As COVID 19-induced uncertainty continues to swirl around this fall’s learning format for districts across the country, Northfield Public Schools is evaluating several options.
Possible learning formats include a complete return to face-to-face instruction, continuing with only distance learning, or a hybrid option.
Northfield Superintendent Matt Hillmann said although uncertainty abounds, COVID-19 will undoubtedly still be present in the U.S. later this summer. He added the district will rely on public health conditions to guide their decision.
“We will prepare for all of those options,” he said.
Minnesota Department of Education Deputy Commissioner Heather Mueller will reportedly present the framework and guidance on fall instruction to school districts across the state Monday and is considering requiring health screenings and factoring in logistics in the process.
“Our administrative team has just done a phenomenal job,” said School Board Chairwoman Julie Pritchard on the consideration process so far.
She anticipates a hybrid distance learning/in-person model will be in place this fall, adding some students did well in a distance learning environment, while others thrived with face-to-face instruction.
Hillmann anticipates a decision on fall sports will be made at the same time when the academic format is finalized, which is expected in late July. He said the athletic calendar could also be changed later in the 2020-21 school year, depending on whether a second COVID-19 wave strikes.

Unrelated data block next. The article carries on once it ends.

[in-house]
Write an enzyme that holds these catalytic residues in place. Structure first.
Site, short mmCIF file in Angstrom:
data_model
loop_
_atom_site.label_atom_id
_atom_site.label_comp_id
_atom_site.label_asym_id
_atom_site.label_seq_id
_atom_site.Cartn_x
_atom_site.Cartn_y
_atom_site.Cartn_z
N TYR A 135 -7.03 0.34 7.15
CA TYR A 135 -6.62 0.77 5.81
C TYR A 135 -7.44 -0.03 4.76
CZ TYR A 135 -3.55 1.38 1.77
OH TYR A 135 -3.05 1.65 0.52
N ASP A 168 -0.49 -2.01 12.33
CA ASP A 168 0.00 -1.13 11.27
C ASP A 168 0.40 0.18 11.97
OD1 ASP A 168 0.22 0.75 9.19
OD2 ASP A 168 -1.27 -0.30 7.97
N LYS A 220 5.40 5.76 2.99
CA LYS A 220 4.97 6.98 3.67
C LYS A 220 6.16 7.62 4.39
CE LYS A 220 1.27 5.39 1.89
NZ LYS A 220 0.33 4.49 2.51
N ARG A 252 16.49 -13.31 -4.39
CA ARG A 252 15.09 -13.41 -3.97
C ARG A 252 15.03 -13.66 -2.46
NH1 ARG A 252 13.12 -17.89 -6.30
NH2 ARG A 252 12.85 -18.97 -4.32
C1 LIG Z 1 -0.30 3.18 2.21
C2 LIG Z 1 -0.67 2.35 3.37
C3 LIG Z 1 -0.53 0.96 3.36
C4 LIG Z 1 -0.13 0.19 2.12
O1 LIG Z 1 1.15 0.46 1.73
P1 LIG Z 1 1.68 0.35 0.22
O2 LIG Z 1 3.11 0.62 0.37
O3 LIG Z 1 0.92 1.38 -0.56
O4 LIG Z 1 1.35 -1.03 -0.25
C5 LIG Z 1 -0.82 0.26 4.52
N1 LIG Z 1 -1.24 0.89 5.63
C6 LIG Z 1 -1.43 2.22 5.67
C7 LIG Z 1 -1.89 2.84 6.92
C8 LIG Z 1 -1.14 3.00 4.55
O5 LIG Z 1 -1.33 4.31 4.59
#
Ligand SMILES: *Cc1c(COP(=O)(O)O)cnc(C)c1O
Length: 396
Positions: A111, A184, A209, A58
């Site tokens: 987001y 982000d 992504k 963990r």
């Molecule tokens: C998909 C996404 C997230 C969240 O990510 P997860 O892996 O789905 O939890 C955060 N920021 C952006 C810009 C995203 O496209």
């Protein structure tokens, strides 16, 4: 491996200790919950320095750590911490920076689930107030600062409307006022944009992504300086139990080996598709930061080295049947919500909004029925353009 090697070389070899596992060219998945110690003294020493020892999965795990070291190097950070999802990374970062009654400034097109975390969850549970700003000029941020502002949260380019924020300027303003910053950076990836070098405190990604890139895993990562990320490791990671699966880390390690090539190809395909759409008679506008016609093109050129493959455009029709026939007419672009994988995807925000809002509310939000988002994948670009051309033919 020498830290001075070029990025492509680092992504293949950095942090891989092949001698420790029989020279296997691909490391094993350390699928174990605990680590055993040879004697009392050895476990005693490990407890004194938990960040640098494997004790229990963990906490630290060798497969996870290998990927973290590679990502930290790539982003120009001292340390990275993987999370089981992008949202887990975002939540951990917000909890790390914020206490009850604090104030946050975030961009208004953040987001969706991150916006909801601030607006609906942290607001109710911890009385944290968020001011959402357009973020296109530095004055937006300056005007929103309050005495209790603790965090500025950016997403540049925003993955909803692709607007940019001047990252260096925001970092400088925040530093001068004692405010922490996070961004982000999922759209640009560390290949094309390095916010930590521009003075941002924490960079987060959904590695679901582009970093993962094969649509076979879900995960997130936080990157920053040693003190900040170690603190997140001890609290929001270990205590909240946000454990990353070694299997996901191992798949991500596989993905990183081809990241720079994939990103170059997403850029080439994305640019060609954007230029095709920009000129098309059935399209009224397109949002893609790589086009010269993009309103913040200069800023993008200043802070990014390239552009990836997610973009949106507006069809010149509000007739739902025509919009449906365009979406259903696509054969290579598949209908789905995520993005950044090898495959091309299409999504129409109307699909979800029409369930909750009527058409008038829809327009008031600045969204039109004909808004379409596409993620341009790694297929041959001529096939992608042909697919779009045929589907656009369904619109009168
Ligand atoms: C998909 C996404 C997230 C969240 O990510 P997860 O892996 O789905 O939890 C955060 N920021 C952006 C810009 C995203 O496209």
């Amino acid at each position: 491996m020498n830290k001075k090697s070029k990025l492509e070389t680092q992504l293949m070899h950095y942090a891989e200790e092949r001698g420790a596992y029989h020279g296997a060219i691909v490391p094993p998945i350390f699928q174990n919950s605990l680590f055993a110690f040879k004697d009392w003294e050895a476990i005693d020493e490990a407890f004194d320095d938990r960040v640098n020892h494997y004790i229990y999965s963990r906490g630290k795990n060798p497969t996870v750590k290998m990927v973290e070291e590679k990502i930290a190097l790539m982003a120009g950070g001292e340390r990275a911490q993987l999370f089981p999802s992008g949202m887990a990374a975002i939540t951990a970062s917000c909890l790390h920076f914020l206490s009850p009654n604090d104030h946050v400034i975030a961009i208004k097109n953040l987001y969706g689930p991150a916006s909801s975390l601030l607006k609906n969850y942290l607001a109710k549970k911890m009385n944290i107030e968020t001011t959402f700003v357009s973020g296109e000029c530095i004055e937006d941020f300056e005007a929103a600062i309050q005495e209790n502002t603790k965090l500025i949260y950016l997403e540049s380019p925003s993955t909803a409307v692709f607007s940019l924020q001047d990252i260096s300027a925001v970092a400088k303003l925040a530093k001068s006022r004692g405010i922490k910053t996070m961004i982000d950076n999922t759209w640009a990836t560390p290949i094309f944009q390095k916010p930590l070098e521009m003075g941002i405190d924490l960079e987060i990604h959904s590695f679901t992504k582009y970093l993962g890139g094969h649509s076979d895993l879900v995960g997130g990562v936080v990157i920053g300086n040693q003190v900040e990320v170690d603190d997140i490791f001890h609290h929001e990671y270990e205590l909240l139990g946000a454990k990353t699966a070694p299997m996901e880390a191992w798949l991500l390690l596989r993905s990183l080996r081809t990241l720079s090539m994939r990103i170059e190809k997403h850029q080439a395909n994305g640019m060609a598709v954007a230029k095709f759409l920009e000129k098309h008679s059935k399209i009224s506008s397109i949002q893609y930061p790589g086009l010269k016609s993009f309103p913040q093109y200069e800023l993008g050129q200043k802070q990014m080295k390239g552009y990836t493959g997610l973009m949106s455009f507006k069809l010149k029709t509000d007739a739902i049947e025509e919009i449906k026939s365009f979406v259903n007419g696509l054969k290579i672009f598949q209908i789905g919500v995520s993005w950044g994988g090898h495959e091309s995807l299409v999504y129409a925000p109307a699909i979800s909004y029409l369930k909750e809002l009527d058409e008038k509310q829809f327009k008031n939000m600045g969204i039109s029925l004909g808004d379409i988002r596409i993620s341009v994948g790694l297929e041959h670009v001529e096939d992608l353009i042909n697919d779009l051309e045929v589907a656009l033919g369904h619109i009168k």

The district has already been forced to make changes due to the pandemic. Students have been in a distance learning mode since March. Administrators have temporarily altered the grading structure to accommodate the changes. In the fourth quarter, Northfield Middle School moved to a pass/fail system. The fourth-quarter pass/fail border was lowered from 60% to 50%. At Northfield High School, As and Bs were calculated, while Cs and Ds counted as a P for passing.
School Board member Ellen Iverson said she’s been pleased with communication to families and the use of surveys that have gauged opinions on distance learning.
“That went very well in terms of feeling that people were informed, as much as we could learn about with things changing rapidly,” she said.
Iverson said although she would rather have in-person instruction this fall, the No. 1 consideration on whether to do so will be the safety of students, staff and their families. She added the most likely scenario is a hybrid of distance learning and in-person instruction.